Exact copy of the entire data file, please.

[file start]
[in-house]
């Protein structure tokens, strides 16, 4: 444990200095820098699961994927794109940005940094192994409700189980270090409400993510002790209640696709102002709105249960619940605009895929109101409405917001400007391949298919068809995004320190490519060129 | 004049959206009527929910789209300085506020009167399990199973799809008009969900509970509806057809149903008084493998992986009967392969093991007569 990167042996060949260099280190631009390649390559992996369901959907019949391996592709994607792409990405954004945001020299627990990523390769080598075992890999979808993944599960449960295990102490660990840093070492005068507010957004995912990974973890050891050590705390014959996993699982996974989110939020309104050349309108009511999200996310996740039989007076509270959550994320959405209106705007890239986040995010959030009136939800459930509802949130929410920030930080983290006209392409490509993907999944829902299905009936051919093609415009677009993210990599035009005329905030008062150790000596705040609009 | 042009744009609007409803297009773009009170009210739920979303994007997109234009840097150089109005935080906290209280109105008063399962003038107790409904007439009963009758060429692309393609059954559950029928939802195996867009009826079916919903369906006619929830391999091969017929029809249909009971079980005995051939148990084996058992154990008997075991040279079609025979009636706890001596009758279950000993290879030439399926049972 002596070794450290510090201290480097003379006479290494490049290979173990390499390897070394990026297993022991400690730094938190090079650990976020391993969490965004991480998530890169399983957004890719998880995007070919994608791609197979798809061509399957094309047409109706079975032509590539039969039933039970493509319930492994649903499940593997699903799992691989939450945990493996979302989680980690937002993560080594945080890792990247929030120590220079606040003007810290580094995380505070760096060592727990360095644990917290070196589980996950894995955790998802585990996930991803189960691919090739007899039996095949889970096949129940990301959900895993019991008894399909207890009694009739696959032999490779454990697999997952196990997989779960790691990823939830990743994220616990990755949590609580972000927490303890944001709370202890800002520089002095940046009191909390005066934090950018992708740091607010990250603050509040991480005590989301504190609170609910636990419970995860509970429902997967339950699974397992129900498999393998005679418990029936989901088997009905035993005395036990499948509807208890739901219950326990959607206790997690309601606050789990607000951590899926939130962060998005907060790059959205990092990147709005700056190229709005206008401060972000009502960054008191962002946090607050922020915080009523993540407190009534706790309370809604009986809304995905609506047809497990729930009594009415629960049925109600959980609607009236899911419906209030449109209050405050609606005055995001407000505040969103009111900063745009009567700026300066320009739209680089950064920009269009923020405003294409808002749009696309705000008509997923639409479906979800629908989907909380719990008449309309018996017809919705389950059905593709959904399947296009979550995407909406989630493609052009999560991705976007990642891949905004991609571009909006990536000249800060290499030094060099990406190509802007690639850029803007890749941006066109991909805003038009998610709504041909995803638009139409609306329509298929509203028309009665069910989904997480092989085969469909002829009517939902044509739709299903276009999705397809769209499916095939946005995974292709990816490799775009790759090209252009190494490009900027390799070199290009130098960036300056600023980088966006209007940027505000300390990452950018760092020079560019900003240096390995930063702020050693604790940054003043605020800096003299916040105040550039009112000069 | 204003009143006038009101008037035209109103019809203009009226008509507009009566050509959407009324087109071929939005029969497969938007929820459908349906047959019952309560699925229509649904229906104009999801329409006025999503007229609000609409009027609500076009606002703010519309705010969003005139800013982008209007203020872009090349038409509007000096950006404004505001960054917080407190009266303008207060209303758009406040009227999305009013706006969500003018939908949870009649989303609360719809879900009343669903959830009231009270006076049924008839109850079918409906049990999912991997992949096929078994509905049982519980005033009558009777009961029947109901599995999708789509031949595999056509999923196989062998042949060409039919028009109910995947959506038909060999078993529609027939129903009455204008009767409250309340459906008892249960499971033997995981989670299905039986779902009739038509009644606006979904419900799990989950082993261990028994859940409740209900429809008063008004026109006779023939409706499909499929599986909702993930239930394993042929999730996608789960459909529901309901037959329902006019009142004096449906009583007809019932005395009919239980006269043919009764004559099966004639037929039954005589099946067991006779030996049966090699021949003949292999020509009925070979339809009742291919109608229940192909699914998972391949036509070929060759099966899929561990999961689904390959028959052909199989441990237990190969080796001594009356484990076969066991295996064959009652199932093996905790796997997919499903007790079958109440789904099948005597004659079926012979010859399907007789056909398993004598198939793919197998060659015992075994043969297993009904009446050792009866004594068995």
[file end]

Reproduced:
[in-house]
């Protein structure tokens, strides 16, 4: 444990200095820098699961994927794109940005940094192994409700189980270090409400993510002790209640696709102002709105249960619940605009895929109101409405917001400007391949298919068809995004320190490519060129 | 004049959206009527929910789209300085506020009167399990199973799809008009969900509970509806057809149903008084493998992986009967392969093991007569 990167042996060949260099280190631009390649390559992996369901959907019949391996592709994607792409990405954004945001020299627990990523390769080598075992890999979808993944599960449960295990102490660990840093070492005068507010957004995912990974973890050891050590705390014959996993699982996974989110939020309104050349309108009511999200996310996740039989007076509270959550994320959405209106705007890239986040995010959030009136939800459930509802949130929410920030930080983290006209392409490509993907999944829902299905009936051919093609415009677009993210990599035009005329905030008062150790000596705040609009 | 042009744009609007409803297009773009009170009210739920979303994007997109234009840097150089109005935080906290209280109105008063399962003038107790409904007439009963009758060429692309393609059954559950029928939802195996867009009826079916919903369906006619929830391999091969017929029809249909009971079980005995051939148990084996058992154990008997075991040279079609025979009636706890001596009758279950000993290879030439399926049972 002596070794450290510090201290480097003379006479290494490049290979173990390499390897070394990026297993022991400690730094938190090079650990976020391993969490965004991480998530890169399983957004890719998880995007070919994608791609197979798809061509399957094309047409109706079975032509590539039969039933039970493509319930492994649903499940593997699903799992691989939450945990493996979302989680980690937002993560080594945080890792990247929030120590220079606040003007810290580094995380505070760096060592727990360095644990917290070196589980996950894995955790998802585990996930991803189960691919090739007899039996095949889970096949129940990301959900895993019991008894399909207890009694009739696959032999490779454990697999997952196990997989779960790691990823939830990743994220616990990755949590609580972000927490303890944001709370202890800002520089002095940046009191909390005066934090950018992708740091607010990250603050509040991480005590989301504190609170609910636990419970995860509970429902997967339950699974397992129900498999393998005679418990029936989901088997009905035993005395036990499948509807208890739901219950326990959607206790997690309601606050789990607000951590899926939130962060998005907060790059959205990092990147709005700056190229709005206008401060972000009502960054008191962002946090607050922020915080009523993540407190009534706790309370809604009986809304995905609506047809497990729930009594009415629960049925109600959980609607009236899911419906209030449109209050405050609606005055995001407000505040969103009111900063745009009567700026300066320009739209680089950064920009269009923020405003294409808002749009696309705000008509997923639409479906979800629908989907909380719990008449309309018996017809919705389950059905593709959904399947296009979550995407909406989630493609052009999560991705976007990642891949905004991609571009909006990536000249800060290499030094060099990406190509802007690639850029803007890749941006066109991909805003038009998610709504041909995803638009139409609306329509298929509203028309009665069910989904997480092989085969469909002829009517939902044509739709299903276009999705397809769209499916095939946005995974292709990816490799775009790759090209252009190494490009900027390799070199290009130098960036300056600023980088966006209007940027505000300390990452950018760092020079560019900003240096390995930063702020050693604790940054003043605020800096003299916040105040550039009112000069 | 204003009143006038009101008037035209109103019809203009009226008509507009009566050509959407009324087109071929939005029969497969938007929820459908349906047959019952309560699925229509649904229906104009999801329409006025999503007229609000609409009027609500076009606002703010519309705010969003005139800013982008209007203020872009090349038409509007000096950006404004505001960054917080407190009266303008207060209303758009406040009227999305009013706006969500003018939908949870009649989303609360719809879900009343669903959830009231009270006076049924008839109850079918409906049990999912991997992949096929078994509905049982519980005033009558009777009961029947109901599995999708789509031949595999056509999923196989062998042949060409039919028009109910995947959506038909060999078993529609027939129903009455204008009767409250309340459906008892249960499971033997995981989670299905039986779902009739038509009644606006979904419900799990989950082993261990028994859940409740209900429809008063008004026109006779023939409706499909499929599986909702993930239930394993042929999730996608789960459909529901309901037959329902006019009142004096449906009583007809019932005395009919239980006269043919009764004559099966004639037929039954005589099946067991006779030996049966090699021949003949292999020509009925070979339809009742291919109608229940192909699914998972391949036509070929060759099966899929561990999961689904390959028959052909199989441990237990190969080796001594009356484990076969066991295996064959009652199932093996905790796997997919499903007790079958109440789904099948005597004659079926012979010859399907007789056909398993004598198939793919197998060659015992075994043969297993009904009446050792009866004594068995």